When in the chronicle of wasted time
I see descriptions of the fairest wights
And beauty making beautiful old rhyme
In praise of ladies dead and lovely knights,
Then in the blazon of sweet beauty’s best,
Of hand, of foot, of lip, of eye, of brow,
I see their ántique pen would have expressed
Ev’n such a beauty as you master now.
So all their praises are but prophecies
Of this our time, all you prefiguring,
And for they looked but with divining eyes,
They had not skill enough your worth to sing.
For we which now behold these present days,
Have eyes to wonder, but lack tongues to praise.
23 Apr 2014 Leave a comment
When in the chronicle of wasted time
22 Apr 2014 Leave a comment
in Library Science Tags: Avvisi di Costantinopoli, bibliographic information, Libraries, Neil Gaiman, Percy Jackson & The Olympians: The Lightning Thief, Pride and Prejudice, reader services, Rebecca T. Miller, reference, School Library Journal, service
1. Who is the editor of School Library Journal?
The Editorial Director of School Library Journal is Rebecca T. Miller. I found this by going to slj.com and when I didn’t see a masthead on the About Us page, I looked for a column since many periodicals have a column by the editor and this is no exception.
“Rebecca T. Miller.” (2014). School Library Journal. Web. Retrieved from http://www.slj.com/author/rmiller/ on March 21, 2014.
2. I need a review of The Lightening Thief by Riordan.
I first searched Book Reviews Online and found 14 reviews for this novel and more for its other formats, e.g. audio book and graphic novel.
I also checked New Yorker and found they published a review as well:
Diones, Bruce. (2010). “Percy Jackson & The Olympians: The Lightning Thief.” New Yorker 86.3: 14. Academic Search Premier. Web. 21 Mar. 2014.
I loved the ease of use of Book Reviews Online, but they don’t list reviews printed in newspapers and magazines, which can have value. This bibliography seemed accurate and worth returning to.
3. I need to find a library that holds the work Avvisi di Costantinopoli that was published in Venice in the 17th century.
I searched worldcat.org and found that Harvard University has Avvisi di Costantinopoli, which was published in 1684 in Venice. Even though I trust World Cat since our text and professor recommend it, I searched Harvard’s library and it is there, available for in library use.
4. I am looking for a copy of Pride and Prejudice in Romanian. Can you help me?
Using World Cat OCLC, I found that the following libraries have Jane Austen’s classic in Romanian.
I looked on AddALL.com, but there were no copies available in Romanian. Amazon.com has the Romanian Thesaurus Edition of Pride and Prejudice. Depending on my library’s policies, I might offer to acquire the book through Amazon. I tried Project Gutenburg Europe for a copy to download, but that site seems to be abandoned.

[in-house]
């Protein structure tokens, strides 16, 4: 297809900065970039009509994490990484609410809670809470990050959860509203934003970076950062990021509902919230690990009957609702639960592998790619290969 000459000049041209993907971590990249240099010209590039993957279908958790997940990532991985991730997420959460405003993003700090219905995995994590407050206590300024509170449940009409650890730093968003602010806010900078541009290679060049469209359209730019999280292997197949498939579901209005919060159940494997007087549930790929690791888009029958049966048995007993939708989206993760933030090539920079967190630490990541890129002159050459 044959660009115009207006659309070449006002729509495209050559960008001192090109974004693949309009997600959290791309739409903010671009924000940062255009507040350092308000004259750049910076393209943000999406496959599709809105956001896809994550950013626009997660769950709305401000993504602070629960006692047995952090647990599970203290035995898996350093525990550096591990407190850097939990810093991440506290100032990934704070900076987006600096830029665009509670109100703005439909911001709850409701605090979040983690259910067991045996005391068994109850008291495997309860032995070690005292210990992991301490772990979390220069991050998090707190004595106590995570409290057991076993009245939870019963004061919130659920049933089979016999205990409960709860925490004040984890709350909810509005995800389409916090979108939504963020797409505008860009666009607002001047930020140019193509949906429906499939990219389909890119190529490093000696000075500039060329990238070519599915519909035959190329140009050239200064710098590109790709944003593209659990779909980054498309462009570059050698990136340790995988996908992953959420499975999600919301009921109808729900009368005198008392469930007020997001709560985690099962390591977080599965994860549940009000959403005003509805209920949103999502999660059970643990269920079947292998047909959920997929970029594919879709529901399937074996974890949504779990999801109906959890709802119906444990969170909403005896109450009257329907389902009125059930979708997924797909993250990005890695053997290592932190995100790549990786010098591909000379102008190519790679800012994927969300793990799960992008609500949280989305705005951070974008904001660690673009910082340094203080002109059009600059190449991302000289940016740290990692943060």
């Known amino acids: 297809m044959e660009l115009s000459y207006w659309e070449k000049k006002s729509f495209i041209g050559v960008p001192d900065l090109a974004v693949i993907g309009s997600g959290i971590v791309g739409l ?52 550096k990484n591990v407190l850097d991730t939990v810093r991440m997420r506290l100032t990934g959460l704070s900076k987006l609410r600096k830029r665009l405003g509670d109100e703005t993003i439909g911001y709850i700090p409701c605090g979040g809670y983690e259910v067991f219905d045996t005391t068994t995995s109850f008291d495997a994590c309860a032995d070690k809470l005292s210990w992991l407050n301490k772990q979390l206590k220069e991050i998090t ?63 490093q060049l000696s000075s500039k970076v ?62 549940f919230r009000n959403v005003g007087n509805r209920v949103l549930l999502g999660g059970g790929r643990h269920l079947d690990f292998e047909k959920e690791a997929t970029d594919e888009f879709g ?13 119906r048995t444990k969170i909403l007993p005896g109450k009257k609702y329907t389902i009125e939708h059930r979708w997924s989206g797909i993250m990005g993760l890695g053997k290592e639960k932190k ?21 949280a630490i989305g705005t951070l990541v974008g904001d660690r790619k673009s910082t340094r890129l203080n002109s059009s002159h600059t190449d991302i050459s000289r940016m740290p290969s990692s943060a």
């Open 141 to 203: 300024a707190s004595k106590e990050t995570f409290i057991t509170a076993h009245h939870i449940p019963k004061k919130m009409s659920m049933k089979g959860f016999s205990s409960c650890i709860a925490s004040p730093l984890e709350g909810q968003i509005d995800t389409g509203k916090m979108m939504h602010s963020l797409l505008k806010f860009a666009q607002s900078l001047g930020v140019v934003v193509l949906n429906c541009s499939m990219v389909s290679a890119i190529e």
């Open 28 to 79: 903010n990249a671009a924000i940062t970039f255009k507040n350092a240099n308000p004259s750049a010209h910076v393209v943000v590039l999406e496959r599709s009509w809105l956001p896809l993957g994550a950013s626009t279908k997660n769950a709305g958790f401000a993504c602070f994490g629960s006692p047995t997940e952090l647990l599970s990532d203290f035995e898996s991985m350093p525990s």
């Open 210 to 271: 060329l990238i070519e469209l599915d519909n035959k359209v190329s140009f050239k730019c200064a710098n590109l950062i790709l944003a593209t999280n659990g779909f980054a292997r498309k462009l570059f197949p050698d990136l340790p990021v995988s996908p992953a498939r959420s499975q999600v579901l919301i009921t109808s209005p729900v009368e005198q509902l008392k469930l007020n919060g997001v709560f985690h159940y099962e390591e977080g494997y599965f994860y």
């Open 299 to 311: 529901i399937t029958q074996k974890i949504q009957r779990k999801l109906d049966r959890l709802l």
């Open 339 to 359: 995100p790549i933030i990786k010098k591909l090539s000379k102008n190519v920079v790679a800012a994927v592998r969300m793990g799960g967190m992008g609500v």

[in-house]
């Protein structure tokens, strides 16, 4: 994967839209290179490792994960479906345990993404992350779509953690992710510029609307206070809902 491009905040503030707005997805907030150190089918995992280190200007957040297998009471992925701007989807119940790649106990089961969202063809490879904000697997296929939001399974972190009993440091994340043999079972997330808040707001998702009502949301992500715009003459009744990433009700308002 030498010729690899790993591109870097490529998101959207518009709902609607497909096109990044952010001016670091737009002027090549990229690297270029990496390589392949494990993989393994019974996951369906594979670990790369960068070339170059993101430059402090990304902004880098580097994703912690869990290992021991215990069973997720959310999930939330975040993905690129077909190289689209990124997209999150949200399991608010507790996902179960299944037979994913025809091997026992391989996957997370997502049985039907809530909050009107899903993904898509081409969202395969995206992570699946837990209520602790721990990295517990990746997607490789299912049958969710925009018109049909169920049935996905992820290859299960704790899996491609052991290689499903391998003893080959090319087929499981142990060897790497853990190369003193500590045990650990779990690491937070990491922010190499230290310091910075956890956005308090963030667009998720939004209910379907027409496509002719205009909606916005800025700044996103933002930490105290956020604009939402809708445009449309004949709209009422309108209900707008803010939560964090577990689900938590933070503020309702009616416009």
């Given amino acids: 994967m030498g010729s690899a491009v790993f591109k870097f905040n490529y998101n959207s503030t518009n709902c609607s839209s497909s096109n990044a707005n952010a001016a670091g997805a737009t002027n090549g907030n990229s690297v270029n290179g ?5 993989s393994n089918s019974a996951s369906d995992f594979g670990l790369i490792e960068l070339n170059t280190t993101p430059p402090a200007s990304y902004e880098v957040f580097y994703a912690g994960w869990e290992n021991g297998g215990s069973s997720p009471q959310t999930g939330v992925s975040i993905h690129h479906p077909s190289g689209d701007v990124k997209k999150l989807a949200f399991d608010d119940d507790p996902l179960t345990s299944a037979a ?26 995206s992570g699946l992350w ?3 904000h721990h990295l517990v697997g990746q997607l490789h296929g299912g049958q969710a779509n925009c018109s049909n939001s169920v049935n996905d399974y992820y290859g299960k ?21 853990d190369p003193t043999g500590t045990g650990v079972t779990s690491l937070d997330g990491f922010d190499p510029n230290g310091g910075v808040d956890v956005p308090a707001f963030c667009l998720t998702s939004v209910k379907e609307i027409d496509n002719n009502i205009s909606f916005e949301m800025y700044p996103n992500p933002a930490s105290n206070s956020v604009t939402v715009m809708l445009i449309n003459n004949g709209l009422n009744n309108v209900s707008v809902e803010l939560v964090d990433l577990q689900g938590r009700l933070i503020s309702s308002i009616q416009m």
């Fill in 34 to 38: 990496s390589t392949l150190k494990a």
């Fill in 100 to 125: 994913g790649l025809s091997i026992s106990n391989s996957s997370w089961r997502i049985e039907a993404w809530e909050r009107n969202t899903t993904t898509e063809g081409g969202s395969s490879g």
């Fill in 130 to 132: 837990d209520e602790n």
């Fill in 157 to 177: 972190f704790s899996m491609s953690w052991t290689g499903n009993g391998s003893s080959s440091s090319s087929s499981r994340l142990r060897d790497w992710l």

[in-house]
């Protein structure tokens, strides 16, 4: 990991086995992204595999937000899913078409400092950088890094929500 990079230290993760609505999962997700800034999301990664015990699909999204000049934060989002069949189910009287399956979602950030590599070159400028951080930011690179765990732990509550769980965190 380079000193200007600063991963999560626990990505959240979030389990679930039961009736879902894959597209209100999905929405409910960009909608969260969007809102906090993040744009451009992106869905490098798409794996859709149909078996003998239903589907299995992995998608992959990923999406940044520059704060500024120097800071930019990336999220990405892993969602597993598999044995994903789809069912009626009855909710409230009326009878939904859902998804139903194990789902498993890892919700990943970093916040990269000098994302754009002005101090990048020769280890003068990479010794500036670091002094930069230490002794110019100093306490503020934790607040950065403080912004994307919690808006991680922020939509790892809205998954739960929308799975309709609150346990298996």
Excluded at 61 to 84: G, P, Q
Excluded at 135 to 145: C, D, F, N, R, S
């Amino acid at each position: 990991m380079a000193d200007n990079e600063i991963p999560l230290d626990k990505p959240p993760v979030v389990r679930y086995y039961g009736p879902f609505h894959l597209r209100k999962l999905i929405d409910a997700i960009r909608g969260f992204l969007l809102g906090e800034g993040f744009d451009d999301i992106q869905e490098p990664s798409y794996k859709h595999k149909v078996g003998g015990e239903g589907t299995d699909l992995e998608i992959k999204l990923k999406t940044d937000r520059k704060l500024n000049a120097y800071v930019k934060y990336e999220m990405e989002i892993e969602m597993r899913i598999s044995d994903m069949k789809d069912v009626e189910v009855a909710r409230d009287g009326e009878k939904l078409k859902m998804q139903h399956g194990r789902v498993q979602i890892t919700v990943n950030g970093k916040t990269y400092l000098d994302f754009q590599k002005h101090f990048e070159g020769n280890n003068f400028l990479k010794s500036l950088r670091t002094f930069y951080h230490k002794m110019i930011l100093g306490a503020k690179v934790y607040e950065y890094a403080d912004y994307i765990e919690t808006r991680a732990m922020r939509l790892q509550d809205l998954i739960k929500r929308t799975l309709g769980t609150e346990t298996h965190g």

I trust World Cat OCLC, “a network leader,” because it’s widely used and recommended in our text and by several professors.
5. Is there really a publisher by the name of “Small Beer Press?”
First I searched Literary Marketplace’s database and found no listing of them. Then I searched Yahoo and did find Small Beer Press. They only accept paper manuscripts and queries and they promise to read all submissions, thus I think they’re a very small organization.
Small Beer Press: http://smallbeerpress.com/category/books/
Literary Marketplace: No listing. See link below:
6. I really liked Neil Gaiman’s ‘Good Omens. What other authors or titles might I like?
I used Novelist to find some books that this patron might like. Under similar authors, my search yielded nine titles. The first five are: Gil’s All Fright Diner by L. Martinez, Shades of Grey by J. Fforde, Sacre Bleu by C. Moore, Gravity’s Rainbow by T. Pynchon and four more. The Author Read-alikes included Michael Chabon, Steven Milhauser, Clive Barker, Charles DeLint, Stephen King and four more.
I like that each author or title is followed by a succinct explanation for the suggestion as well as the person who provided the suggestion. I consider this source reliable because my professor recommends it and both the UICU and Northbrook libraries subscribe to it.
Reader’s Online Advisory offered five authors that Gaiman fans might enjoy. To find title read-alikes, I had to click on Gaiman’s name and then the title. The sidebar didn’t offer this choice so at first I didn’t think Title read-alikes were availab.e
“Neil Gaiman or Good Omen Read-alikes.” (2014). Novelist. Web Retrieved March 24, 2014.
“Neil Gaiman or Good Omen Read-alikes.” Web Retrieved March 26, 2014.
7. Does the 11th edition of the Guide to Reference Books recommend the Bopp & Smith text used in this class? Speculate as to why or why not.
It lists this book, but doesn’t recommend our text but it does list it. I thought I’d see if it recommends other reference texts and I found the page (see next page). My best guess is that as a text, this isn’t a book that a library would seek to acquire for its collection or that some of the contributors may be editors for this guide.
My favorite source this week was Novelist because I could spend all day reviewing the various recommendations. It is easy to use and intriguing. I thought the Literary Marketplace had a poor, outdated web design also it didn’t yield Small Beer Press.
21 Apr 2014 Leave a comment
in History, media, television Tags: Anglophile, Britian, British drama, early 20th century, Grégory Fitoussi, historical drama, Jeremy Piven, Kathleen Kelly, Masterpiece, Masterpiece Theater, Mr. Selfridge, Selfridges, WWI